When you look at yourself in the mirror, you have to like what you see…
While Gemini Man gets a little flashy with some solid action and technical knowhow, it’s still a little bit gonzo and a little bit kooky dip into the genre storytelling pond that plays a little uneven but is elevated just a bit by a very informed and smart performance from its leading man.
Henry Brogan (Will Smith), an elite assassin, is suddenly targeted and pursued by a mysterious young operative that seemingly can predict his every move. To his horror, he soon learns that the man who’s trying to kill him is a younger, faster, cloned version of himself.
It’s hard to knock director Ang Lee for trying new things, because that’s how we innovate and learn new techniques. Here on Gemini Man, shooting in high frame rate speeds we get a decent little action thriller that takes itself a little more seriously than it should at times but actually marks a real improvement in high frame rate shooting in concert with some solid special effects work. It’s not perfect, but gives us a glimpse of what this technology can do in concert with the right story telling.
It all certainly fits better than it did in Lee’s previous film; Billy Lynn’s Long Halftime Walk as the advancements in digital filmmaking really feels more at home in the action and genre world then more of a straight drama affair.
The script which has been bouncing around in development hell in various forms since 1997 is actually a little goofy even at the best of times as it requires a couple of broad logic jumps and moments to turn the brain to the “off” position in order for it all to work. There’s really nothing here that’s “bad” but you get the feeling very early on that you just have to “go with it” to genuinely enjoy the next two hours. The character development outside Will Smith in the dual lead is actually pretty minimal which actually works for and against the film at the same time, because had there been too intricate of a story people would have dialed out or if it had been cut down to 90 minutes of cool fight sequences and motorcycle chases it would have just been nonsense.
Being his first real jump into (kind of) science-fiction, Lee holds his own by allowing the struggle of the primary character to really be the focus. It’s a popcorn action flick with a character study inside of it all and you have to at least be able to give Lee credit for actively trying new things and mixing up his approach. It all looks, better than I expected given that high frame films have previously given me a splitting headache in the past and it never really feels too long in the tooth.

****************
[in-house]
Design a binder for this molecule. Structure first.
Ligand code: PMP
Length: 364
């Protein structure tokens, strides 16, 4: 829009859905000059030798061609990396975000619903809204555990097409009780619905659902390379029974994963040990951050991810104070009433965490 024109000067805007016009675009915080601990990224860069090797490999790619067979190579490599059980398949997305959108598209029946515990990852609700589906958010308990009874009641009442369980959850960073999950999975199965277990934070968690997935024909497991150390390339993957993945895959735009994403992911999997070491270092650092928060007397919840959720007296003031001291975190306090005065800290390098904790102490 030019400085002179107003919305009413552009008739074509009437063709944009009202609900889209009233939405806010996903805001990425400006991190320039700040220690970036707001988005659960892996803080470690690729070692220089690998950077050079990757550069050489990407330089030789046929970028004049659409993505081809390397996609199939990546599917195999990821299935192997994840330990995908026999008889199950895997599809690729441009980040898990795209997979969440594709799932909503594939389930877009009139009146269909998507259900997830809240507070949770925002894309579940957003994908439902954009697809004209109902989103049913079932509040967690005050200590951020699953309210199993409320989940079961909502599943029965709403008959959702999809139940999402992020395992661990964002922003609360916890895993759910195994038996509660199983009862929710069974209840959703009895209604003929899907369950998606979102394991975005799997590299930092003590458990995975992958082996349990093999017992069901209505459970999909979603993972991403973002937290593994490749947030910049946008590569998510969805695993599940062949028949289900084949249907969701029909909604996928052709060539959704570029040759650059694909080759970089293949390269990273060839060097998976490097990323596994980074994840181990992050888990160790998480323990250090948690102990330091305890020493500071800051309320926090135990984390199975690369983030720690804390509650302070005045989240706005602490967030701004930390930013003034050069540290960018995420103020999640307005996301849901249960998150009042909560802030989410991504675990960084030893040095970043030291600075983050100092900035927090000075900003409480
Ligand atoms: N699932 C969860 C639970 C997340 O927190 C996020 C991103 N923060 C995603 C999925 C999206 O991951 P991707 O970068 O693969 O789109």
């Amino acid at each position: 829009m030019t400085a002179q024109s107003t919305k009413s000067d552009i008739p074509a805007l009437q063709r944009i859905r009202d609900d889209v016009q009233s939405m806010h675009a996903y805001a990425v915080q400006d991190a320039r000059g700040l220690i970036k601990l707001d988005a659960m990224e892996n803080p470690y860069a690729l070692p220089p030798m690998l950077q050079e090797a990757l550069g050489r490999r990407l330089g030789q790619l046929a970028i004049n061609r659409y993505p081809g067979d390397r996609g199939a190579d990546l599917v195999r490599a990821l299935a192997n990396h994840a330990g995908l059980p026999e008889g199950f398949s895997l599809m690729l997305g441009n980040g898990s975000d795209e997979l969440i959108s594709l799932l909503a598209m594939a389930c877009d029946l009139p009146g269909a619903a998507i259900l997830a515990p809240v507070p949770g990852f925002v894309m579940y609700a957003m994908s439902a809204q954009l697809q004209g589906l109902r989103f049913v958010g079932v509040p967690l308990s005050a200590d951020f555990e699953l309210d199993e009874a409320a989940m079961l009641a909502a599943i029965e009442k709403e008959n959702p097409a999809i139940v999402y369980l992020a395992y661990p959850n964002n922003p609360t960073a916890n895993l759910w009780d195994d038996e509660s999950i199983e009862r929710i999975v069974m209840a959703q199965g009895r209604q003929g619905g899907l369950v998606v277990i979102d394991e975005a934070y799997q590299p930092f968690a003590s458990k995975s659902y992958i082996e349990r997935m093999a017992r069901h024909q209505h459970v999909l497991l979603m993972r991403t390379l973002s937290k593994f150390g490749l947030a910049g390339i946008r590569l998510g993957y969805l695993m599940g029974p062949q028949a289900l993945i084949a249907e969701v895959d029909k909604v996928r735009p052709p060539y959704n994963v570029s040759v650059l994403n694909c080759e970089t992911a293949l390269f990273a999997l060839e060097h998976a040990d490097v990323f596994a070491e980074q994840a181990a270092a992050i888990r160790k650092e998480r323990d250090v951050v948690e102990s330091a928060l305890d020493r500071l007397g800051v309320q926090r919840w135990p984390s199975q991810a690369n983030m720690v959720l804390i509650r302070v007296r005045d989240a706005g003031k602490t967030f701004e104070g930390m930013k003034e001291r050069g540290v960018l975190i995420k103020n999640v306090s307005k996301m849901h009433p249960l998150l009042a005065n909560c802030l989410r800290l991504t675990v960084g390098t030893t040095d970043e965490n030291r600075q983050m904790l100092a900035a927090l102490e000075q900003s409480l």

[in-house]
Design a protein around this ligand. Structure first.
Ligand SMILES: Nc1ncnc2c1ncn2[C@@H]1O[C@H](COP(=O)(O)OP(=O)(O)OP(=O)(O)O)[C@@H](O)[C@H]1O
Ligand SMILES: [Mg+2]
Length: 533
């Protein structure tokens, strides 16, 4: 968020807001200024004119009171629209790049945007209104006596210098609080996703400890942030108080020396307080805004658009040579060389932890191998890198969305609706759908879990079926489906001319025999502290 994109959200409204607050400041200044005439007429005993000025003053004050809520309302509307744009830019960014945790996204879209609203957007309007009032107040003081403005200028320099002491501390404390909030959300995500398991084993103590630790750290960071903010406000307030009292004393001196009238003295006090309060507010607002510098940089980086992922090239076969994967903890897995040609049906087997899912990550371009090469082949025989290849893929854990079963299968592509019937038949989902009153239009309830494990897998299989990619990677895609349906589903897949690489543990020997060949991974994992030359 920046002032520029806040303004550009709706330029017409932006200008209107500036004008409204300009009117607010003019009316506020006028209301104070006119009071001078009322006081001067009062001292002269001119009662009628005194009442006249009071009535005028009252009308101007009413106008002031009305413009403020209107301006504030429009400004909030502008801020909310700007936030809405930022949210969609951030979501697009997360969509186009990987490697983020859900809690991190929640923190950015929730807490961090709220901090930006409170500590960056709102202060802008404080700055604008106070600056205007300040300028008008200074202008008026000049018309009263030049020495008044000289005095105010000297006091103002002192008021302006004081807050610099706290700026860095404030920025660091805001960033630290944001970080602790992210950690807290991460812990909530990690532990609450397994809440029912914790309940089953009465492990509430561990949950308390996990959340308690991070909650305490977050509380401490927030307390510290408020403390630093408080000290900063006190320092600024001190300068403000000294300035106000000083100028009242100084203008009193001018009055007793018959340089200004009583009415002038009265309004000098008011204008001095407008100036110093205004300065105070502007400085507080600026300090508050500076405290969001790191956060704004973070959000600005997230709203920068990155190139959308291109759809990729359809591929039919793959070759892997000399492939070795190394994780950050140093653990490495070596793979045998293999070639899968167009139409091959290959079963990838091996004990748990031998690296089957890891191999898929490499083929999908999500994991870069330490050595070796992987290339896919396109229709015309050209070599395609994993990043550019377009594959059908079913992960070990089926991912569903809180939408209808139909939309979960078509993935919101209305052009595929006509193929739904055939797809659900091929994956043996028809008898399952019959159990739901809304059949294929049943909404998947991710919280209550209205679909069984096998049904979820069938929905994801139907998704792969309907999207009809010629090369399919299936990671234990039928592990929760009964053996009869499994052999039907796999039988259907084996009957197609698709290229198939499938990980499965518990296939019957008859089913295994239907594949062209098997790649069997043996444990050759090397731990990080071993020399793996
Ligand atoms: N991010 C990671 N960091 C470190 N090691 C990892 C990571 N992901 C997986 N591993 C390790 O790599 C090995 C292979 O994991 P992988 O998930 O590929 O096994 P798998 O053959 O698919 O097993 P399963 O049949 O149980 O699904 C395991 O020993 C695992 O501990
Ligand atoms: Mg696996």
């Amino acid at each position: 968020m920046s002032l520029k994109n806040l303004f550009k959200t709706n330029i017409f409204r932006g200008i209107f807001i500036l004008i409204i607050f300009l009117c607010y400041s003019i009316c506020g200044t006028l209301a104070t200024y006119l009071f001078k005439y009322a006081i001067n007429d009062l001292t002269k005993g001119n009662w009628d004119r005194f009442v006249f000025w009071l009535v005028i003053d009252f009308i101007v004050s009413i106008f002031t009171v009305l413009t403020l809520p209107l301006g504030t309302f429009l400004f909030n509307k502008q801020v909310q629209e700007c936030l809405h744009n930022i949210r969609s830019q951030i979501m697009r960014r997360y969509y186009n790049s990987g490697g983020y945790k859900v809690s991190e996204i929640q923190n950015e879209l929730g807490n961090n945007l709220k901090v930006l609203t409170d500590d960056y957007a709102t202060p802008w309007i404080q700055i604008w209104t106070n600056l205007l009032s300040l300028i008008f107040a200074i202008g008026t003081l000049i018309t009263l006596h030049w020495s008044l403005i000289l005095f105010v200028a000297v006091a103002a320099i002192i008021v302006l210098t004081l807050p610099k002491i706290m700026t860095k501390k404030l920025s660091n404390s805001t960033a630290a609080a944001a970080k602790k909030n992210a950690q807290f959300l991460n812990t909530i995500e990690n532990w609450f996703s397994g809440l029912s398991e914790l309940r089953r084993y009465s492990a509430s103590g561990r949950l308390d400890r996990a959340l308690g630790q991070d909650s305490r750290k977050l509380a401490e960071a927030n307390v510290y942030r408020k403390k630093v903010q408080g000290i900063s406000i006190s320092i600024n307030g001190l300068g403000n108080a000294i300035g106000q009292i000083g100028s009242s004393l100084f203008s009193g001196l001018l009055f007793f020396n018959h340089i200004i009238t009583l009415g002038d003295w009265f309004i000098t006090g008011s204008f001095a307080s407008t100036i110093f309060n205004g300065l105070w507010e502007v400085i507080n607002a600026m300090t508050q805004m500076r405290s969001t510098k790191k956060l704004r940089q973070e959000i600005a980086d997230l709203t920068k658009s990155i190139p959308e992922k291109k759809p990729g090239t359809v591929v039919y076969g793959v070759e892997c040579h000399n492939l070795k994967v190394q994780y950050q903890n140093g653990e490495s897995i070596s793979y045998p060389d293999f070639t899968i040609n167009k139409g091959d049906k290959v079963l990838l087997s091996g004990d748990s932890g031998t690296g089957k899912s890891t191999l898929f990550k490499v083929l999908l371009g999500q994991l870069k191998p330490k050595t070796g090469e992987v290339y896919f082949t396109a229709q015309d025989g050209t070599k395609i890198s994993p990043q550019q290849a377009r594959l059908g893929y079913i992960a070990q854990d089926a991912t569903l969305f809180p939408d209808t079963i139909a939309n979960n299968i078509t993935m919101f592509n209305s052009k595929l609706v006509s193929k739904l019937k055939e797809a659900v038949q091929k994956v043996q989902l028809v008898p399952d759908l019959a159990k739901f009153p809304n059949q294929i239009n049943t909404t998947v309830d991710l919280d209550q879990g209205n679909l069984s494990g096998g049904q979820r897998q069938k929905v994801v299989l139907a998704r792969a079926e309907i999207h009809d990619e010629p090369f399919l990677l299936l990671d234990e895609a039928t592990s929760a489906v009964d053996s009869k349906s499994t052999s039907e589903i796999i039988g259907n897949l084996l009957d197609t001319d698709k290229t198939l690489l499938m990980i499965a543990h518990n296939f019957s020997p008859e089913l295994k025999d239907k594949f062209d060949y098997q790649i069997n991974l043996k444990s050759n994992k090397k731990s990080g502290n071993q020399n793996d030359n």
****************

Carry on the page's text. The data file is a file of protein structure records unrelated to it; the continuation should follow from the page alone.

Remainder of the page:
Plain and simple…this movie survives because of Will Smith who actually works his ass off to channel his younger self coming to grips with his older self. He gives a nuanced look at a man who was born out of war and learned the hard way to grow sick of it and when he literally sees himself being set down a path that he has lived he has to find away do for the younger version of himself what he could only just manage for his older self. Mary Elizabeth Winstead and Benedict Wong make for decent action sidekicks along the way while sadly Clive Owen gets wasted as the military industrialist Clay Varris as he can barely muster up the energy to chew the scenery.
The picture and sound quality on the 4K Blu are obviously top notch and even in 2D seeing the downconverted High Frame Footage is crisp and immersive, while it’s not perfect you can really see the benefits of shooting a film this particular way. The special features include an alternate opening, 2 deleted scenes and 6 some what interesting but mostly generic behind the scenes featurettes about the making of the film.
Ultimately, Gemini Man gets a mild pass because of a very solid performance from Will Smith and the HFPS filming which you should be able to appreciate in most IMAX or AVX screens but it’s just too messy of a narrative to really be something that hammers itself into your brain as memorable. While we can appreciate the need for experimentation and innovation on a cinematic level, but sometimes asking us audiences to pay full ticket freight for that sort of thing can get a little grating.